I wish that I had reached out more to others who were working in the field that I was trying to break into in a more direct and more personal way.

When I moved to Washington, D.C. I started to just meet up with people for coffee or to send someone an email because I really enjoyed their work and see if they would be willing to speak to me more about the work that they were doing. I was nervous to reach out, but once I did, I saw that most people are friendly and helpful to those trying to enter the field. I wish that someone had told me earlier on that it would not only be very useful to reach out in order to understand the kinds of work that people were doing, but that it could help me build relationships with amazing people doing amazing work. Networking like this actually helped me find out about and apply for the job I am currently in at the Latin America Working Group.

Do you have any role model or mentors?

At the Latin America Working Group, our staff is made up at the moment of myself and four other women, and that's been very inspiring for me to see the kind of work that they've been able to accomplish as women in the field of US foreign policy and human rights. LAWG’s staff has had direct impacts on US foreign policy towards Latin America over the course of their careers, and I've learned a lot from them even just in the year that I've been working with them.

Through that work I've also had the very special pleasure of meeting human rights defenders and members of various organisations from Latin America who I’ve accompanied during their visits to Washington, D.C. I've also had the opportunity to meet with civil society actors, journalists, human rights lawyers... These brave women and men are in most cases working to protect the human rights of their communities in the face of threats against their own lives and those of their loved ones. It truly awes me to see the kind of work that they're able to do, and what they've accomplished in promoting better policies even when their own lives are at risk.

Recently, the risks of defending human rights were made visible once again with the murder of Berta Cáceres, the beloved and renowned Honduran environmental and indigenous rights activist. I am mourning, together with countless others, the profound loss of a defender with such a beautiful and powerful spirit who dedicated her life to protecting her community.

You have a special link with Cuba through your mother. How has it been to work on projects on Cuba these past few months?

Well, when it comes to US foreign policy towards Cuba, the relationship has been very tense for many years. Because there is such a strong political support on both sides of engagement or non-engagement, it can become very personal for many people. Particularly in areas like South Florida where there's such a large Cuban-American population. My grandparents fled from Cuba to Florida with my mother, aunt, and uncle as political refugees in 1970. So, conversations with my Abuelita (grandmother) have been very influential in how I try to consider all sides of the political debate when it comes to US policies toward Cuba.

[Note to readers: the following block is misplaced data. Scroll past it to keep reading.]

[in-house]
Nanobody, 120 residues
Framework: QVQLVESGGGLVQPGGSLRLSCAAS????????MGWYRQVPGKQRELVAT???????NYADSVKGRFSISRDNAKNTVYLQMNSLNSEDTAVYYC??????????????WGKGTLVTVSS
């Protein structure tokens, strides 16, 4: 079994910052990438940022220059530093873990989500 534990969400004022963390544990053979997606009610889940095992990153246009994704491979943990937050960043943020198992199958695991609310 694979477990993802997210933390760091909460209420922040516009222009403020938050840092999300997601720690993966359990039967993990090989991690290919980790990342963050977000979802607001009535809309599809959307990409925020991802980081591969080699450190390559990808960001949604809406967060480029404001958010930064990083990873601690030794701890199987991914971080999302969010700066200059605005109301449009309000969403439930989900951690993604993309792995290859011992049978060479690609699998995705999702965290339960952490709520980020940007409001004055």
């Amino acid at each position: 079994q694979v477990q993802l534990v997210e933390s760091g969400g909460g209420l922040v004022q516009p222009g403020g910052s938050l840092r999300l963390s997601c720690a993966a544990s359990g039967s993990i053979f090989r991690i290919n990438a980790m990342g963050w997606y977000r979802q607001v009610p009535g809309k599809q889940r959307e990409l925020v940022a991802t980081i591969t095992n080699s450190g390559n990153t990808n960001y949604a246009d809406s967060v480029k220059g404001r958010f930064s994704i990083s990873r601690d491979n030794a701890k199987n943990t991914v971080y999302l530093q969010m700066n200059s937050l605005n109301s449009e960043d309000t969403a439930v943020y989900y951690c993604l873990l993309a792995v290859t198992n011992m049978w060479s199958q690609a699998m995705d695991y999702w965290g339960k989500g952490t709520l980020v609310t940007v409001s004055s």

My entire life my grandmother has described herself as being very political. It's true. So am I. I've debated politics with her since I was in the second grade and that's made me more reflective on the very personal experiences that influence the way someone might see the relationship between the United States and Cuba, and any other dynamics in foreign policy.

Through my work with LAWG, I've been able to see some massive changes in the kind of engagement that's taking place between the two countries, for me that appears to be a very positive move. Significant changes have been made to regulations as travel and trade restrictions have been loosened, but the 53 year long US embargo on Cuba remains. Much remains to be done for true normalisation of diplomatic relations, but progress is being made.

Seven years' experience

Studied at Vanderbilt University | Pontifícia Universidade Católica de São Paulo | George Mason University

Previously worked as Latin America Rights and Security Fellow at Center for International Policy | Central American Artifacts Intern at Smithsonian National Museum of the American Indian  

Languages spoken English, Spanish, Portuguese

Find Angelika online LinkedIn | @AAlbaladejo |Personal website | Periphery Podcast

Inspired by Angelika's career? Check out these related career opportunities: Internships and jobs at the Latin America Working Group | Jobs and internships at Center for International Policy

Exclusive interview by Lucie Goulet, 2 March 2016

The currently all-female human rights-focused foreign policy team at the Latin America Working Group (LAWG). From left to right: Angelika Albaladejo, Lisa Haugaard, Daniella Burgi-Palomino, Mavis Anderson and Emma Buckhout.

Angelika Albaladejo and Lisa Haugaard of the Latin America Working Group (LAWG) accompany a group of Honduran LGBT rights activists to congressional meetings. 

Accompanying members of an International Verification Mission during a Washington D.C. visit. From left to right: Sister Lidia Mara Souza, Executive Secretary of the National Migration Pastoral Program for the Honduran Bishops’ Conference; Angelika Albaladejo of the Latin America Working Group; Mayra Alarcon of Project Counseling Services; and Patricia Montes of the National Alliance of Latin American and Caribbean Communities. Photo taken at a Tom Lantos Human Rights Commission Briefing in September 2015 entitled "A View from the Field: Migration in Honduras."